Several tests and chest x-rays revealed Denae did not have bronchitis. It was double pneumonia, covering about one third of her lungs, as well as severe dehydration. She was kept overnight for observation, and given antibiotics and fluids.

By Monday morning, another x-ray showed the pneumonia now covered half of her lungs—and her oxygen levels were dropping. By Tuesday morning, Denae had to be sedated and intubated in order to attempt getting her on a respirator. Another turn for the worse—her body rejected the respirator, and she had to be manually bagged for oxygen.

At 10 a.m., Denae was emergency airlifted to Altru Hospital in Grand Forks, where she was immediately put into a medically induced coma and placed on life support.

The pneumonia had aggressively enveloped both of her lungs. As a result, she developed ARDS (Acute Respiratory Distress Syndrome). Following more testing in the ICU (Intensive Care Unit), doctors determined Denae was infected with the H1N1 influenza virus at some point during the week prior.

Four days before, it was a “bad cold.”

11 Long Days
Denae remained on life support for 11 days. Things took a turn for the better, and she was moved out of the ICU on April 11, 2016. Denae was able to leave the hospital on April 13, with the support of portable oxygen, physical therapy to assist with walking and completing basic hand coordination functions, and her husband, Terry, by her side.

holding-hands

Today, six months later, Denae’s lungs are just returning to normal. 

Dr. Shivu Kaushik [in Altru’s ICU] consistently kept us updated, and it was clear to see that he genuinely cared for the well-being of my wife,” beams Terry. “He thought she would be on life support for a minimum of three weeks; however, he did say, ‘Some people surprise me.’”

Denae was lucky to be one of those people.

Making an Impression
Dr. Kaushik wasn’t the only person who made an impression on the Baynes. Terry explains, “I can’t forget Dr. Mudireddy, who saw her in ER and the first day in ICU. Also Dr. Dalmi, who was with her on the floor after ICU until discharge. It was a great experience with respiratory, occupational and physical therapies, as well as all the nurses and cleaning staff.”

“In fact, the people at Altru impressed us so much that when we got home, I called our health insurance company and switched our primary care to Altru. It left that big of an impact on our lives!”

The Baynes are back to normal life today, enjoying spending time with family and friends and being outdoors in the fresh air. Denae is back at work, advocating for juveniles in the court system, trying to take every day a little slower and cherishing all the moments along the way.

Treating Patients Like Family | Billy Haug, MD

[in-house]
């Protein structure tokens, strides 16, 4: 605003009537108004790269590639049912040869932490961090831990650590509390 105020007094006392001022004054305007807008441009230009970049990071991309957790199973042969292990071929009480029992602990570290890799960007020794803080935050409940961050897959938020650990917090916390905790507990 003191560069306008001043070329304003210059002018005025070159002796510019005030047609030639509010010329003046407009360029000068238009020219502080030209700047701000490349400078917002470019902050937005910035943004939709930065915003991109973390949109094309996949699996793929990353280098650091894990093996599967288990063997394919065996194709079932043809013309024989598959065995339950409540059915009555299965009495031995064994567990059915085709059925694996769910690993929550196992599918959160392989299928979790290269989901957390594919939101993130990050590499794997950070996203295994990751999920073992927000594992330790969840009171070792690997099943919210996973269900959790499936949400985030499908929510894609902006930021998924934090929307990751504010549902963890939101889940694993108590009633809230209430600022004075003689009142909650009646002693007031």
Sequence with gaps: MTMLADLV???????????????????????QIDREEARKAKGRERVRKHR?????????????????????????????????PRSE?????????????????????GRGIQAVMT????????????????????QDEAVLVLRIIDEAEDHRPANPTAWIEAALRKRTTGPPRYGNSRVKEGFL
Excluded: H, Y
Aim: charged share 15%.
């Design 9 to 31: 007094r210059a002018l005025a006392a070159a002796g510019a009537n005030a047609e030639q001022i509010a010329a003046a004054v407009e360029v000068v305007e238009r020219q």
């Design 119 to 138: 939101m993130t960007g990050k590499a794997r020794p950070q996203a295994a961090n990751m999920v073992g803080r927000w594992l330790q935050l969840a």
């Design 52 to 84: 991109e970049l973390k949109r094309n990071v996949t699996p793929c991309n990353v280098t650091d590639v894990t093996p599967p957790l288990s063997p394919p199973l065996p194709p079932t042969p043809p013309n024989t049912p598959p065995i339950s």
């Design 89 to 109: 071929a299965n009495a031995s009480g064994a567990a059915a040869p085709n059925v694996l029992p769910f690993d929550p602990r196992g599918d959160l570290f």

Faces of Altru - Published on September 1, 2016

BikingDr. Billy Haug’s warm personality and genuine caring spirit makes him a favorite around Altru Health System. His patients say his vested interest in their health and well-being, beyond their time at the clinic, is what sets him apart. We’ve heard from many of Dr. Haug’s patients recently on the care they’ve received, and all gave glowing reviews. So, we sat down with Dr. Haug to get to know him a little more and understand what drives him to treat each patient as though they were family.

Q: What is the focus of your work at Altru Advanced Orthopedics?
A. My practice focuses on medical orthopedic care, such as injury management, ultrasound guided injections, concussion management and promoting healthy lifestyle choices. I enjoy caring for those of all ages, from infants with hip dysplasia to folks in their nineties with arthritis.

Q: What have you done outside of the clinic in your field?
A. Earlier in my career I was a team physician for the USA Cross-Country Ski Team and Nordic Combined Team (which involves ski-jumping as well as cross-country skiing). I traveled with them to Norway and Finland. I also worked with the United States Anti-Doping Association at the World Junior Hockey Championship. Three years ago I was appointed to the North Dakota State Board of Medicine which meets three times a year in Bismarck.

Q: What is your approach to care?
A. I strive to be present for my patients — to really listen to them and understand their concerns. It is imperative to respect their wishes and to include them in the plan of care to reach their goals. My staff and I focus on treating everyone the way we would like our family members to be treated.

Q: What motivates you to do what you do?
A. Knowing my patients trust me with their care, and to care for their family, is humbling and rewarding. It motivates me to come to work every day with a smile knowing I can share a part of their lives. That trust is so special, and it is a bond I take seriously.

Family

Q: Why did you choose to become a physician?